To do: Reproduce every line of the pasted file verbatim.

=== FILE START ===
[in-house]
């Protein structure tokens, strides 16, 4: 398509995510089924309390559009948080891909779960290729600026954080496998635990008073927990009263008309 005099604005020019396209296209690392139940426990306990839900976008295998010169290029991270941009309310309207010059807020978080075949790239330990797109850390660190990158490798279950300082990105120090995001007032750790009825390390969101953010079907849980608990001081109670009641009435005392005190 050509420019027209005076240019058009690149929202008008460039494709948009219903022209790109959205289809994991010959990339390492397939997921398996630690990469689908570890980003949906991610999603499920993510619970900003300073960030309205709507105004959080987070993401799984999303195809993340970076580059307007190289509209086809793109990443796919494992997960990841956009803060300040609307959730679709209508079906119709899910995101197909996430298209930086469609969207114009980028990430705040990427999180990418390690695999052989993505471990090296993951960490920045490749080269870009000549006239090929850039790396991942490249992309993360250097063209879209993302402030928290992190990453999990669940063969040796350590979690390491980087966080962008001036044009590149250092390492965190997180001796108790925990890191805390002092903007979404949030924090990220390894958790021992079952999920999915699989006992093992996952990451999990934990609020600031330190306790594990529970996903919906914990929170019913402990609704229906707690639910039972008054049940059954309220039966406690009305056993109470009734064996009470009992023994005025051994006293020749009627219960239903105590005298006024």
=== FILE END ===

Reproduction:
[in-house]
């Protein structure tokens, strides 16, 4: 398509995510089924309390559009948080891909779960290729600026954080496998635990008073927990009263008309 005099604005020019396209296209690392139940426990306990839900976008295998010169290029991270941009309310309207010059807020978080075949790239330990797109850390660190990158490798279950300082990105120090995001007032750790009825390390969101953010079907849980608990001081109670009641009435005392005190 050509420019027209005076240019058009690149929202008008460039494709948009219903022209790109959205289809994991010959990339390492397939997921398996630690990469689908570890980003949906991610999603499920993510619970900003300073960030309205709507105004959080987070993401799984999303195809993340970076580059307007190289509209086809793109990443796919494992997960990841956009803060300040609307959730679709209508079906119709899910995101197909996430298209930086469609969207114009980028990430705040990427999180990418390690695999052989993505471990090296993951960490920045490749080269870009000549006239090929850039790396991942490249992309993360250097063209879209993302402030928290992190990453999990669940063969040796350590979690390491980087966080962008001036044009590149250092390492965190997180001796108790925990890191805390002092903007979404949030924090990220390894958790021992079952999920999915699989006992093992996952990451999990934990609020600031330190306790594990529970996903919906914990929170019913402990609704229906707690639910039972008054049940059954309220039966406690009305056993109470009734064996009470009992023994005025051994006293020749009627219960239903105590005298006024």